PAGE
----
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24 September 2014
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BBC and NFTS work together to put new documentary talent on TV

The BBC is awarding development deals to three National Film and Television School (NFTS) documentary filmmakers, it was announced last night.


The BBC and NFTS – two great British institutions both renowned for finding exciting new talent – established the development deal to bring the inspiring new visions of young filmmakers to the screen.


Now in its fourth year, it sees the brightest new documentary talent from the NFTS being fostered by the experience and expertise of the BBC.


Richard Klein, the BBC's Head of Independents Commissioning, Knowledge, announced the 2008 recipients at the NFTS Industry Show at the National Film Theatre on Wednesday 5 March.


The new documentary filmmakers to benefit are Leon Dean, Luke Sewell and Ilian Metev.


Their work impressed selection panellists Richard Klein, Krishan Arora (Independents Executive for BBC Vision), Charlotte Moore and Kate Beetham (Executive Producers, Documentaries).


The development deal provides funding for the graduates to work with independent production companies and BBC Factual executives to develop their ideas further.


Congratulating the recipients, NFTS Director Nik Powell said: "In the last few weeks there have been three authored documentaries written, directed and often also produced and crewed by recent graduates of the NFTS in major BBC strands – Storyville and Wonderland.


"This demonstrates to us and the BBC just how successful this arrangement is."


Krishan Arora of the BBC added: "These deals will allow NFTS graduates to learn from experienced TV executives about developing documentaries for television, and to get a chance to put their ideas to the acid test of BBC commissioning.


"It's a highly competitive field but this 'on-the-job' training will hopefully equip the students well for their future filmmaking careers."


Dick Fontaine, the Head of the Documentary at the NFTS, commented: "These BBC deals are great for us, of course, but even more valuable is the weight the BBC is putting behind the series Wonderland, not only supporting new authored films but leading the audience to them."


Leon Dean expressed his delight, saying: "Being awarded a BBC development deal is a tremendous opportunity to build my skills as a filmmaker and work with the company responsible for some of the greatest documentaries. Thank you BBC!"


A thrilled Luke Sewell said: "I'm over the moon to have been awarded a BBC development deal. It's such a fantastic opportunity for a graduate of the NFTS. I can't wait to get started with my project."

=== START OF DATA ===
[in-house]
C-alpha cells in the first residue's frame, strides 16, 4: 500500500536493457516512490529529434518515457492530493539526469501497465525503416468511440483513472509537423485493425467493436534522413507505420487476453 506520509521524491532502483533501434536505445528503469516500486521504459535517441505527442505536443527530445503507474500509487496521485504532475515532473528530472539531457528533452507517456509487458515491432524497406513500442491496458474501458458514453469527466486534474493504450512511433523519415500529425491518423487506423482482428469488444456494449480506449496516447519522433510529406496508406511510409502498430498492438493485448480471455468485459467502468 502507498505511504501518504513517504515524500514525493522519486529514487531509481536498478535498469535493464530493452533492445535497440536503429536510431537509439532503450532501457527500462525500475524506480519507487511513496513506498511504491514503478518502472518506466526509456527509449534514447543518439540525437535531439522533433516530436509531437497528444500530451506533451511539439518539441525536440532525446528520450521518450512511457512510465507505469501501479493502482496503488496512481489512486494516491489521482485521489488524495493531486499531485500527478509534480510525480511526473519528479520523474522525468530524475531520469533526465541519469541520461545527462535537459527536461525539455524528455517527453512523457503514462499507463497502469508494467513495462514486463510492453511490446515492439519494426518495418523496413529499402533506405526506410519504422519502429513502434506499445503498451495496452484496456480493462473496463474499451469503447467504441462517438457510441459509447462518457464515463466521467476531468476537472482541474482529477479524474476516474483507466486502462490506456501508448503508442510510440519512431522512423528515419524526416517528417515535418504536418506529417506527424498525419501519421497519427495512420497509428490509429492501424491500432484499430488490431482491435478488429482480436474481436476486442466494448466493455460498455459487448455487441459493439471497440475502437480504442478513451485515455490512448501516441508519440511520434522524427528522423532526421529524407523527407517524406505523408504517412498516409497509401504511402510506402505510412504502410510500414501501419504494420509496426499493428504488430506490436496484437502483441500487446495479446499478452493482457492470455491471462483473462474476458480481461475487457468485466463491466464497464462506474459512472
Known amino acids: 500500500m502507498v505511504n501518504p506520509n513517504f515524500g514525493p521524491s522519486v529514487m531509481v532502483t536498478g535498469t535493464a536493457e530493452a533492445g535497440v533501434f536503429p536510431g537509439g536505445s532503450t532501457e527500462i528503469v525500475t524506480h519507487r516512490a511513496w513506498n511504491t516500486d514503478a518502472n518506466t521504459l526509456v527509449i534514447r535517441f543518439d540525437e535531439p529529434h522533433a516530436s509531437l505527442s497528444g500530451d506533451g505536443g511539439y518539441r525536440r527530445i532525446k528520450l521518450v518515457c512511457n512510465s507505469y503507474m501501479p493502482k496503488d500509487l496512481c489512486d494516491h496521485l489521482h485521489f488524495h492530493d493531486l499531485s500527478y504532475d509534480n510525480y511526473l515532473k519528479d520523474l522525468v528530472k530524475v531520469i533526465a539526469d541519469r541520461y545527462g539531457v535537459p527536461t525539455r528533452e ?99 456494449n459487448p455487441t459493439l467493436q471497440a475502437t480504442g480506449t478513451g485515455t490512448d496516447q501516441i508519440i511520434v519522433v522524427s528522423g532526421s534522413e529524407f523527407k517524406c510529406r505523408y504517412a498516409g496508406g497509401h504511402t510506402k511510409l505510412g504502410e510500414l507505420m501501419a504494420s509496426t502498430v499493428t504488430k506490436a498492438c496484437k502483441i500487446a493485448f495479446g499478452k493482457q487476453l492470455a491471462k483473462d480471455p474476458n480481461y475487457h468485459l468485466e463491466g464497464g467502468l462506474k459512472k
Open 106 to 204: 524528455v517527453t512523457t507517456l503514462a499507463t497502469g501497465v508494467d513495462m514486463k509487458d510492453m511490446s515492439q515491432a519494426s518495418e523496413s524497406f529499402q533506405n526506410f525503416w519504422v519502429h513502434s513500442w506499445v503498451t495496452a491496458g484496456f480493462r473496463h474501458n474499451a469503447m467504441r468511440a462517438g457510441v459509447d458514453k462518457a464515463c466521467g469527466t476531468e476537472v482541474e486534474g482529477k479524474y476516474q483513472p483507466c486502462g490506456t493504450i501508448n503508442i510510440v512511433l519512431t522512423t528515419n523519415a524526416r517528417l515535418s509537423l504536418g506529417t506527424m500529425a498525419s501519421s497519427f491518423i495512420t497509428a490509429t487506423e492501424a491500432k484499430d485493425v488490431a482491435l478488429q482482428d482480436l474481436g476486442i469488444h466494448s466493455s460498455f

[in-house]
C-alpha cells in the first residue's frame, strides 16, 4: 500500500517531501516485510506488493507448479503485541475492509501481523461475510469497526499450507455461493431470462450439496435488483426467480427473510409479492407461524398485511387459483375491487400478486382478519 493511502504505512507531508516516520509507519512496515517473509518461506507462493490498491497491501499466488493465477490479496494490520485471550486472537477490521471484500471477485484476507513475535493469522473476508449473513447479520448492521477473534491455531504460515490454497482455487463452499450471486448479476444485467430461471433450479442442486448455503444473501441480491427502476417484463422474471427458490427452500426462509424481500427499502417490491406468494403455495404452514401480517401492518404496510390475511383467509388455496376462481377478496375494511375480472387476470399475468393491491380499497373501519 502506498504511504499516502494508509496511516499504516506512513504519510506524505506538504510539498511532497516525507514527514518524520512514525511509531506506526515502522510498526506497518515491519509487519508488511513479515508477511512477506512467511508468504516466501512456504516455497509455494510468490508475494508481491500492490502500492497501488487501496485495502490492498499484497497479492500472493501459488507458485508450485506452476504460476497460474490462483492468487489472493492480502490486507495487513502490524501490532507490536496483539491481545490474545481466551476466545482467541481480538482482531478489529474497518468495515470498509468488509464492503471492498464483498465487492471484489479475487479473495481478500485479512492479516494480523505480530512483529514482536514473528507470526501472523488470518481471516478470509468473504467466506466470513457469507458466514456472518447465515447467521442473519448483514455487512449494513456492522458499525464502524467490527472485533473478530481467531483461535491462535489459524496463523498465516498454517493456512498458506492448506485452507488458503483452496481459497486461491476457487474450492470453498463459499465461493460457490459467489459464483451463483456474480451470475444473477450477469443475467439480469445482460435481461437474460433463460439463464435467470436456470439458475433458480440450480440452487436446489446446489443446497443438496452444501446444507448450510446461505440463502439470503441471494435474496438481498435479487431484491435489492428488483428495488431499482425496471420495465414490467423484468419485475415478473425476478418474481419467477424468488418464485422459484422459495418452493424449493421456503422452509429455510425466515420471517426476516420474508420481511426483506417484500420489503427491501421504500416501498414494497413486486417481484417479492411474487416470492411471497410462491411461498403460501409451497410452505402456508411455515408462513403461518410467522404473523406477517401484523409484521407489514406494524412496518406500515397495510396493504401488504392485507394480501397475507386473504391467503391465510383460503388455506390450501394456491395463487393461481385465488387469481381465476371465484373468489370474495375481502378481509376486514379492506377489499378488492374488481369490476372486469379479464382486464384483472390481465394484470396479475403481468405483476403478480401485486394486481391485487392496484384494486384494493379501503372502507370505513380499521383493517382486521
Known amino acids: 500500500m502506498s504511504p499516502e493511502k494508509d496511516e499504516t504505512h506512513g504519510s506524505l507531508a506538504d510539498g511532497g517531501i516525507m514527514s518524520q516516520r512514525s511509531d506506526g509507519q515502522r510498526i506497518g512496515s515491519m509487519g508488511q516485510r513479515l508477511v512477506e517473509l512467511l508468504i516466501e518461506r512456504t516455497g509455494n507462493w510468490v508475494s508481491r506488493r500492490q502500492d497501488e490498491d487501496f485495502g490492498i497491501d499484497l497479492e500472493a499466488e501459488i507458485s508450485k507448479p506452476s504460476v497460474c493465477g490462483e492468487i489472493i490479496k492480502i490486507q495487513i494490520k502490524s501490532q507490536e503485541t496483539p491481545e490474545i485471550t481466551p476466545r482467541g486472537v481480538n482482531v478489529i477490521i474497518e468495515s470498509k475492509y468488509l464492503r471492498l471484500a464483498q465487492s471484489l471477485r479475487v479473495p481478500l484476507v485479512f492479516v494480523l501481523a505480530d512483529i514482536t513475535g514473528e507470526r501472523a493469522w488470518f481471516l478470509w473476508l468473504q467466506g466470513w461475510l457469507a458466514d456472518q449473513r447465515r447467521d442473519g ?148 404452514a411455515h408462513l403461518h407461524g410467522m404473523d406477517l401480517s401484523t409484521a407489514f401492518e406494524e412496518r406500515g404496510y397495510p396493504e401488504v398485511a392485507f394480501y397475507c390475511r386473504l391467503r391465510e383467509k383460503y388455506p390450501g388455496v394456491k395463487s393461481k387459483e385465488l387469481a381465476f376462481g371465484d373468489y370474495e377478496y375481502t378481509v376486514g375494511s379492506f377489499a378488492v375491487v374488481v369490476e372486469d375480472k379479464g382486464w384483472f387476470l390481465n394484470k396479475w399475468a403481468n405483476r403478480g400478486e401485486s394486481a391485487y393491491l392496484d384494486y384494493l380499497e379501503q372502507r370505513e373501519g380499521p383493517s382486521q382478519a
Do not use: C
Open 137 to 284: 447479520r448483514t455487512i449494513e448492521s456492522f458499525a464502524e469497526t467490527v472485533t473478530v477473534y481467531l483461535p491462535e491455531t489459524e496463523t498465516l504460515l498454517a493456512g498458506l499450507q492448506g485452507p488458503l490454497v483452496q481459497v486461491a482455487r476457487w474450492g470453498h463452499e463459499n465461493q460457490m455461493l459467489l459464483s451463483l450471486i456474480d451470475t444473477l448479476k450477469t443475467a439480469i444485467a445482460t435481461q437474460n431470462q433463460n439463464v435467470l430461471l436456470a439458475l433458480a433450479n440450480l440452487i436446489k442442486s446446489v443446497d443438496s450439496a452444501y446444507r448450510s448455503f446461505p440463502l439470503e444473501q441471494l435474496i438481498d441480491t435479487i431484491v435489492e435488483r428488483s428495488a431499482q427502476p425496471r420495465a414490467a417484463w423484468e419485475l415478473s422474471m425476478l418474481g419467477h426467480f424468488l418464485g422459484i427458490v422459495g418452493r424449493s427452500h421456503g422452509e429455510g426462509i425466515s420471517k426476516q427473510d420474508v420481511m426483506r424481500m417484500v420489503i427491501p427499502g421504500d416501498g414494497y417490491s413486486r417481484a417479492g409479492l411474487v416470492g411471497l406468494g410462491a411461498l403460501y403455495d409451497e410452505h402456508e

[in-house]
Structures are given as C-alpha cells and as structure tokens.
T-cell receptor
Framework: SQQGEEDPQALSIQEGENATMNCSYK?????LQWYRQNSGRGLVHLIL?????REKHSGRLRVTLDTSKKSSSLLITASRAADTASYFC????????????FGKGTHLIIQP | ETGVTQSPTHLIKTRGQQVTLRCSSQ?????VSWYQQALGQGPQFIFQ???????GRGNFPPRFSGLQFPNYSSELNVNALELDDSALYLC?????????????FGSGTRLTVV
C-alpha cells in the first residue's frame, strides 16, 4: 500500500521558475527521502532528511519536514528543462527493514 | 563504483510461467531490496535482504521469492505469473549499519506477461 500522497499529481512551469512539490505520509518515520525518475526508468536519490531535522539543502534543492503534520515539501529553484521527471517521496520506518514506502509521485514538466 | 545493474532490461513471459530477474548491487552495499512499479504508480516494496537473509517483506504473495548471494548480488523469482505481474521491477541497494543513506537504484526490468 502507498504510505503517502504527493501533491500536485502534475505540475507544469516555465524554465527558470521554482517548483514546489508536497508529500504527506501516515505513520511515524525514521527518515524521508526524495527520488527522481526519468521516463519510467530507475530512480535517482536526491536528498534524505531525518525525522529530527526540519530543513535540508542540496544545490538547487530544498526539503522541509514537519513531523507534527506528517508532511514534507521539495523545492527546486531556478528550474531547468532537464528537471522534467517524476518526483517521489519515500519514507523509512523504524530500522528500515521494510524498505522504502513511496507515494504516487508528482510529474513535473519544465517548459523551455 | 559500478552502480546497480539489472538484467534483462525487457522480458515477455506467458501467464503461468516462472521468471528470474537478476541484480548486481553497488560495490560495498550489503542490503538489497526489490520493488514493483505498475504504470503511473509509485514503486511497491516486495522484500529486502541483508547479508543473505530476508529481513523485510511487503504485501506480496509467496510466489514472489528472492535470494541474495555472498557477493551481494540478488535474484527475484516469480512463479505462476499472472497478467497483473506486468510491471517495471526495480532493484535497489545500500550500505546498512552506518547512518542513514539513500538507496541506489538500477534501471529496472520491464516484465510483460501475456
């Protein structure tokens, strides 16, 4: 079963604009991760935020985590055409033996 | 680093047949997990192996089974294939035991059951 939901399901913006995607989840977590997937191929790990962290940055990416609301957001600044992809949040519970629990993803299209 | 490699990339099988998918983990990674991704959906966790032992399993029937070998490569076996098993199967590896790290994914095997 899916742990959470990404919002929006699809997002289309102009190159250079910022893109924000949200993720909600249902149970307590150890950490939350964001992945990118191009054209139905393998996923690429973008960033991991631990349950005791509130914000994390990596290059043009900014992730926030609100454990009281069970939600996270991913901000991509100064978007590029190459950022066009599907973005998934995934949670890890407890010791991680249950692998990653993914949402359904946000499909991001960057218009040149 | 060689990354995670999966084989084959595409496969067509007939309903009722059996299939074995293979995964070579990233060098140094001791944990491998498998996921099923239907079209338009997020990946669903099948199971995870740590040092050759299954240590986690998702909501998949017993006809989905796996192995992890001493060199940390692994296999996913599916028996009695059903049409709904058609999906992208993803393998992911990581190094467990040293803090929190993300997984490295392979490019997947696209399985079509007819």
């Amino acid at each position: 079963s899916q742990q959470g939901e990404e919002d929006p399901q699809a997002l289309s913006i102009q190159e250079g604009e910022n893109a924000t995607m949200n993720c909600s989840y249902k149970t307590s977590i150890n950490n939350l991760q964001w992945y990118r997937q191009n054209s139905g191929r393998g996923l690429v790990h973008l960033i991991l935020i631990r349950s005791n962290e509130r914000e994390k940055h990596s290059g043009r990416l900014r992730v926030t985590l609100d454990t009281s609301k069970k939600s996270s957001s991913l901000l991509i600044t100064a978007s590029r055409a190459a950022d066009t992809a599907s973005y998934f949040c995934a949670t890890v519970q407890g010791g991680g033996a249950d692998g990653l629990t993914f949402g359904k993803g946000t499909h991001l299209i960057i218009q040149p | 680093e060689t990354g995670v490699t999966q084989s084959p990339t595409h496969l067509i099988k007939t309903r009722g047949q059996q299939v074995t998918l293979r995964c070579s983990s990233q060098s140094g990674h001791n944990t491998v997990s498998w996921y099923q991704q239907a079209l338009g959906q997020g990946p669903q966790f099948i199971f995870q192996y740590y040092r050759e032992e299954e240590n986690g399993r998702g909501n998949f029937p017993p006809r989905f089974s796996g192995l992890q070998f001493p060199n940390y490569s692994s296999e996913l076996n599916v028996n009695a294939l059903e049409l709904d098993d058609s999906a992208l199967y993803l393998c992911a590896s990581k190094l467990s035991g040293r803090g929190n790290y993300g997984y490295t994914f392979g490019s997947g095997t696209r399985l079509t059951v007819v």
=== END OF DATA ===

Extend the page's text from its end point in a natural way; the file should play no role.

Ilian Metev was equally excited and had this to say about his award: "I am very grateful for the BBC's faith in my project and truly inspired to embark on this new journey."


Previous recipients include 2005 graduate Daniel Vernon whose film, The Man Who Loved Sherlock Holmes, was made under the deal and was broadcast by the BBC on Boxing Day in 2005.


Daniel has continued to make ratings-winning programmes for the BBC – most recently The Man Who Eats Badgers And Other Strange Tales From Bodmin Moor and The 92-Year-Old Danger Junkie, both shown earlier this year as part of BBC Two's Wonderland strand.


Says Daniel: "The development deal was a really good start for me after graduating from the NFTS – it gave me a chance and the space to continue pursuing my own ideas.


"Most importantly, it helped put me in touch with commissioning editors where I was able to directly pitch ideas. Following the two films for the Wonderland strand we are now planning future projects."


Notes to Editors


The National Film and Television School ( is the UK's leading centre of excellence for education in film and television programme making.


Its postgraduate-post experience courses are the product of a unique partnership between Government and the film and television industry, many of whose members teach on its courses and advise on curriculum development, ensuring that the school stays relevant to the industry's present and future needs.


Among its many distinguished alumni are Nick Broomfield, who pioneered a powerful new documentary genre – the filmmaker as provocateur, BAFTA-winning directors David Yates (Harry Potter And The Order Of The Phoenix), and Sarah Gavron (Brick Lane); screenwriter Ashley Pharoah, co-creator of Life On Mars and Ashes To Ashes; Oscar-winning composer Dario Marianelli (Atonement); cinematographer Roger Deakins (No Country For Old Men) and Oscar-winning creator of Wallace And Gromit, animator Nick Park CBE.


The NFTS is a Skillset Screen and Media Academy.


About the development deal


The BBC Factual/National Film and Television Deal was set up by Nik Powell, Director of the NFTS, with BBC Factual & Learning, as a bridge to the industry for graduating documentary students.


Graduates from the NFTS get the chance to work with the BBC; for the BBC it forms part of their commitment to developing new talent.


The deal, now in its fourth year, is open to the graduating documentary students from the NFTS who submit proposals for the BBC to consider.


The BBC selects which filmmakers they want to develop and signs a development agreement with the graduates concerned.


The recipients of the deal benefit from the input of top BBC executives and executive producers from independent production companies.


There is more information about the successful filmmakers in the PDF on the right-hand side of this page.







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More information about the successful filmmakers is available in PDF format. You may need Adobe Acrobat software to read PDF files which can be obtained free from the
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Category: BBC; Factual & Arts TV
Date: 06.03.2008
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